The Choice to Make a Difference: Concluding Thoughts

by Ann Parker, Pima Community College, Tucson, Arizona

Finally, my focus turns to the questions that were asked at the presentation entitled “The Choice to Make a Difference” by Jacqueline Woodson, Jerry Pinkney, and Vaunda M. Nelson at the Tucson Festival of Books on March 9th, 2013.

What is the most important thing that being a writer or illustrator has taught you?

Jerry Pinkney: For me, children’s books have allowed me to grow through my interpretation of the subject matter. I search for projects where I can grow as an artist but also as a human being.

Once an editor who was looking for a project for me asked me what I would like to do and I said, “Something I’ve never done before.”

When I take on a new project, I’m learning about myself – it always comes back to my learning and growing and then finding a way to express that thing I am passionate about and then to share it with someone.

My way of sharing is through the art, the illustrations. I always separate my style and my technique from the purpose [of the artwork]. The purpose is to help me understand the story, and then explain it to you; the style is the art itself. The subject matter always drives how I decide to create my pictures.

I have a question for Jacqueline and Vaunda. We are all talking the same language about fiction and nonfiction. Can people of color create non-fiction or fiction without inventing, and is there a reason you feel you need to invent?

Vaunda M. Nelson: Bad News for Outlaws is nonfiction and I worked very hard to keep it that way. [Bass Reeves, an African-American Deputy U.S. Marshal from the late 1870’s] is so amazing I felt children should know about him. His story could come across as a tall tale, but I wanted kids to know Bass was not made up. He was real. I needed to tell his true story in a way that would engage readers. In my early drafts I invented dialogue, but quickly decided against using it because I knew that would be crossing the line into fiction. I’m a purist. It’s the librarian in me. There’s nothing wrong with fictionalizing, but we need to be clear about it. All dialogue in Bad News for Outlaws is documented.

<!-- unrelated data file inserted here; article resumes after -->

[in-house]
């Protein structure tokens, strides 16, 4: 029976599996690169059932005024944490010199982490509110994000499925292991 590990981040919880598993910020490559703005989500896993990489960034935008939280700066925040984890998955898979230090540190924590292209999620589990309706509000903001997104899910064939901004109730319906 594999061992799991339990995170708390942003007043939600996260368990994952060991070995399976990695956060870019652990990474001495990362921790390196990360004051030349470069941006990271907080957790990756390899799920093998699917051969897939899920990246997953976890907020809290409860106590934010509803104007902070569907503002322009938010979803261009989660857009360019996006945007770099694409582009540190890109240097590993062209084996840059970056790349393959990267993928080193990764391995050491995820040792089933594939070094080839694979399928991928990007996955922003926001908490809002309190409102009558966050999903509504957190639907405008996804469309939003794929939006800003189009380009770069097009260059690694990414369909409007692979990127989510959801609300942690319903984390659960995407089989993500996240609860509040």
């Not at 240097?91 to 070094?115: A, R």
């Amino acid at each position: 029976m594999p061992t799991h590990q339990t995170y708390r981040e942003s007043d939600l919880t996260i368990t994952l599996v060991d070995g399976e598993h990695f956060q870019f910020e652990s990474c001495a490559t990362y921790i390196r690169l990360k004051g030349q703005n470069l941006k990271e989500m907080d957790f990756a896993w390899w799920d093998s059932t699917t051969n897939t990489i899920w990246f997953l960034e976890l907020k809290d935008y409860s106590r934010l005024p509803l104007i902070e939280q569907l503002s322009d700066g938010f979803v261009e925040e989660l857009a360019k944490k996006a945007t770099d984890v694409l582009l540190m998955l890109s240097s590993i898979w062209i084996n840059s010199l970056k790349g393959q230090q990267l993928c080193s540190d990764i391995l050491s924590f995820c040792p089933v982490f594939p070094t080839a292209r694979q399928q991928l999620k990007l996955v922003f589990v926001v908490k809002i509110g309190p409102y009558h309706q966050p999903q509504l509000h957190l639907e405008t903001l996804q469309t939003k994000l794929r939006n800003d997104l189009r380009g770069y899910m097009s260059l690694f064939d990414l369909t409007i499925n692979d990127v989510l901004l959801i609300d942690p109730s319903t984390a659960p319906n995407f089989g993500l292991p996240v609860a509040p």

Jacqueline Woodson: Thinking about creating something that is nonfiction has me thinking about [my book] Coming on Home Soon. [The book tells the story of Ada Ruth, a young girl whose mother leaves home to find work in Chicago during World War II. Ada Ruth and her grandmother look forward to her mother’s return.] I did research and thought that all the Rosie the Riveter stories were about white women, and I asked, “Where were the women of color?” But then I wrote it as fiction. I think part of [my decision to write it as fiction] is because I know how to write fiction, I know how to pull a reader through fiction. Hopefully, once the book turns on the lights [for the reader], the reader will continue the journey through non-fiction.

In the 1970s we [African-Americans] were so absent in so much of the literature I feel I want to fill that in. Kids will read nonfiction or fiction and both of those need to be ways of getting them to our truths and hopefully sending them forward to say, “OK, we existed here, and now what?”

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